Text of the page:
Page 2:Outrageous 3D
Page 3:The Features
Page 4:Driver Interface - Erazor X, Continued
Page 5:Driver Interface - Outrageous 3D
Page 6:Driver Interface - Outrageous 3D, Continued
Page 7:Benchmark Results - Shogo
Page 8:Benchmark Results - Descent D3D
Page 9:Benchmark Results - Descent OpenGL
Page 10:Benchmark Results - Quake Arena Normal
Page 11:Benchmark Results - Quake Arena High Quality
Benchmark Results - Quake Arena High Quality
At low resolution we are able to see some boards pulling ahead due to the high quality setting. The 32-bit color starts hogging memory bandwidth even at this low of a resolution.
Having spent the extra $50 for a DDR GeForce would prove its value in this test big time. Running Quake Arena at 1024x768 and high quality on a DDR GeForce board would run really smooth while you'll probably not enjoy it when playing on a SDR GeForce board.
Raising Quake Arena to the highest setting we test at proves to be too much for any of our test cards, even our almighty overclocked DDR GeForce board. You can still clearly see that the DDR boards dominate the top spots with their superior memory bandwidth.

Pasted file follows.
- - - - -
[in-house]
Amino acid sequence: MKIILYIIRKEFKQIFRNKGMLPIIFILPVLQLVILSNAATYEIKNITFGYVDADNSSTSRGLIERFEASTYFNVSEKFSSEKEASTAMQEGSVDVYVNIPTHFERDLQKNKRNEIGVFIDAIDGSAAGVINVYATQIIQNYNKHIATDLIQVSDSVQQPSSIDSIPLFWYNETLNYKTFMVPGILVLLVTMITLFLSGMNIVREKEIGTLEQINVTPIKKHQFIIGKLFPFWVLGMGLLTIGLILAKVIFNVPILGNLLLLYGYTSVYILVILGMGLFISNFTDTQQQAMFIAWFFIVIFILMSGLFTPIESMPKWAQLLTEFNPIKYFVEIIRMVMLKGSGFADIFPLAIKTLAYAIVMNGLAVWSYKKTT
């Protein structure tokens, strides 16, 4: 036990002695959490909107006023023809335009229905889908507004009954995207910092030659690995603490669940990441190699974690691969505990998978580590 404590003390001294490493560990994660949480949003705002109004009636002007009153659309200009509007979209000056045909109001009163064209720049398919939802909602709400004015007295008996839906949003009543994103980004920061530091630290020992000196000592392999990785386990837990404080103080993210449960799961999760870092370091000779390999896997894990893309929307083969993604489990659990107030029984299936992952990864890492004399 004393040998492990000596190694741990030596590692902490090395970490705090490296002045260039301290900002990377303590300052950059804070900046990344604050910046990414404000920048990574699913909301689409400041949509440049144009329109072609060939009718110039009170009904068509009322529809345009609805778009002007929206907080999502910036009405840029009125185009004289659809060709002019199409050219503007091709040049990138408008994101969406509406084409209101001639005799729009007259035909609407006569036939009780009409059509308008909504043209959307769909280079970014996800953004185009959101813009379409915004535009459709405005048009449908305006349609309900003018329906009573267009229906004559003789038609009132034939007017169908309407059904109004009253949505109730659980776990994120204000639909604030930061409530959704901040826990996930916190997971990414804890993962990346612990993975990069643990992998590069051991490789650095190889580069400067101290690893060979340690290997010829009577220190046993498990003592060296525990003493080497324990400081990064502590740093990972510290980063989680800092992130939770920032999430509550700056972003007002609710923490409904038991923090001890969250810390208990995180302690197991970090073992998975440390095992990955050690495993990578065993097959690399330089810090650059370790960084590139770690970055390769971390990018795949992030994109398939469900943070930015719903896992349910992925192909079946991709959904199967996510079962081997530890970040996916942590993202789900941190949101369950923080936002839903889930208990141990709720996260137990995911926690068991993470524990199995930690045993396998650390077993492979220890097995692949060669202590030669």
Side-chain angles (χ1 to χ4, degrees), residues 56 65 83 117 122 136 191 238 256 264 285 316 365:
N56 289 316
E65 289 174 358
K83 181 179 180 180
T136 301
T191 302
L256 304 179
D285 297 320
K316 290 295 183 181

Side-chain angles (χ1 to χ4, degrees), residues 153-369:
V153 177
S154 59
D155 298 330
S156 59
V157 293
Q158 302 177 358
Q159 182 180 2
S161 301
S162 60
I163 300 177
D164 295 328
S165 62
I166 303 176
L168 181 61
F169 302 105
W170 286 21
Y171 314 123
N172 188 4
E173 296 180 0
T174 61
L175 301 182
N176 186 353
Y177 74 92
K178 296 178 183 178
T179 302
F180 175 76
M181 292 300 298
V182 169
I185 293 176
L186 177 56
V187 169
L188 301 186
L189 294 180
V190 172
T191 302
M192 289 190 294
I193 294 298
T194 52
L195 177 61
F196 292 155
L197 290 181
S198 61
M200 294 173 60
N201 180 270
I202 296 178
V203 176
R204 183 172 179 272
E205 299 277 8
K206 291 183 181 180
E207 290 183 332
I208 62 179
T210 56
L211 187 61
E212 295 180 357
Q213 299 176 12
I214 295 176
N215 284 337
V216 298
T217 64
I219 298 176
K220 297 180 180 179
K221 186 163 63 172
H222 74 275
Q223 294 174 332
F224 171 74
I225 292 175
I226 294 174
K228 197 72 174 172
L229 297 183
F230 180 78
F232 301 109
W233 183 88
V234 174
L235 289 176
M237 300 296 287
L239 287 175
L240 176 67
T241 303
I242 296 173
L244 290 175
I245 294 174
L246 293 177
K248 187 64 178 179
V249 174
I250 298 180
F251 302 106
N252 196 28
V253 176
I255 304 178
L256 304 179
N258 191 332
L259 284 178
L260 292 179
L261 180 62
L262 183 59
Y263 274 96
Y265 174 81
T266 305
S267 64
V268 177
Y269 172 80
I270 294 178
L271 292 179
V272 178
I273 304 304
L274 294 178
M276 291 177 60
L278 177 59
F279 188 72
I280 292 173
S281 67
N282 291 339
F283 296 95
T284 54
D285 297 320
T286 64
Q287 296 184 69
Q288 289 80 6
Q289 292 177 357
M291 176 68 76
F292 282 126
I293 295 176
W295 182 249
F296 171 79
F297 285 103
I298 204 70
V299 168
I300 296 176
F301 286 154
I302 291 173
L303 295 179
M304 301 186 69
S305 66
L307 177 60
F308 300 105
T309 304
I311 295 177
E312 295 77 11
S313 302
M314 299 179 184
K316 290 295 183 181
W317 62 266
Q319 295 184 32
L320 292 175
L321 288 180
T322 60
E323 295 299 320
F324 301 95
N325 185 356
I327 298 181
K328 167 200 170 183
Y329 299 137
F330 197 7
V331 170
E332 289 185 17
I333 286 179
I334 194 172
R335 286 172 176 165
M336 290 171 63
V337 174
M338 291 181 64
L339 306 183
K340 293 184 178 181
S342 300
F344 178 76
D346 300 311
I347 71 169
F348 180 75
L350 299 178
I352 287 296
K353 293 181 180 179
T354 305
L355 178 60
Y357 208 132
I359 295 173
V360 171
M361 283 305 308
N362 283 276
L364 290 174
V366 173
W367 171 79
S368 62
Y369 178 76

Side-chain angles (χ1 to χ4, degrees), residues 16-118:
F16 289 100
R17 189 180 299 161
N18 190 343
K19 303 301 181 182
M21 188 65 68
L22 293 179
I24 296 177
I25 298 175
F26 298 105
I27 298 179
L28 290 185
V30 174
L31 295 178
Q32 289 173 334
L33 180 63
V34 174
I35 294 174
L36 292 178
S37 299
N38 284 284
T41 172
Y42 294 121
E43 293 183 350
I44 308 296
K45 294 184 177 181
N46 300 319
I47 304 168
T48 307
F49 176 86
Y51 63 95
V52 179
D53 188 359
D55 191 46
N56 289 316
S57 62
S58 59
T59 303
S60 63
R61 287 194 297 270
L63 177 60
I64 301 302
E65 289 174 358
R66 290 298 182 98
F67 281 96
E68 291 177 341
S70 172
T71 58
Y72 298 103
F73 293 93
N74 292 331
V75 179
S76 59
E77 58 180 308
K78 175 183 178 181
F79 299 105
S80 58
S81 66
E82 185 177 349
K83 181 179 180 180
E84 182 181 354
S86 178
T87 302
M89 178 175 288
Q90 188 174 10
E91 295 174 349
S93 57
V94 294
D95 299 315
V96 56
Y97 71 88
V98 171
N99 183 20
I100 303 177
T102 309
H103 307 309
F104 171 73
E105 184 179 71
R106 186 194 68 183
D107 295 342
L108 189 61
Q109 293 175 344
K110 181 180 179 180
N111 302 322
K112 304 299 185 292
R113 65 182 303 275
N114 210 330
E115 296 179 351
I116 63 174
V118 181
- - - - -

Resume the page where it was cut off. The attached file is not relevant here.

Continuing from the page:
My conclusion to the actual graphics performance of our competitors is that a DDR GeForce is a must if you're going to spend this type of money on a graphics card. It has been proven time and time again in our tests that the GeForce DDR dominates its SDR brother without much of a problem. Regardless of brand, the performance only really changes when memory types differ (going from SDR to DDR).
- Outrageous 3D
- The Features
- Driver Interface - Erazor X, Continued
- Driver Interface - Outrageous 3D
- Driver Interface - Outrageous 3D, Continued
- Benchmark Results - Shogo
- Benchmark Results - Descent D3D
- Benchmark Results - Descent OpenGL
- Benchmark Results - Quake Arena Normal
- Benchmark Results - Quake Arena High Quality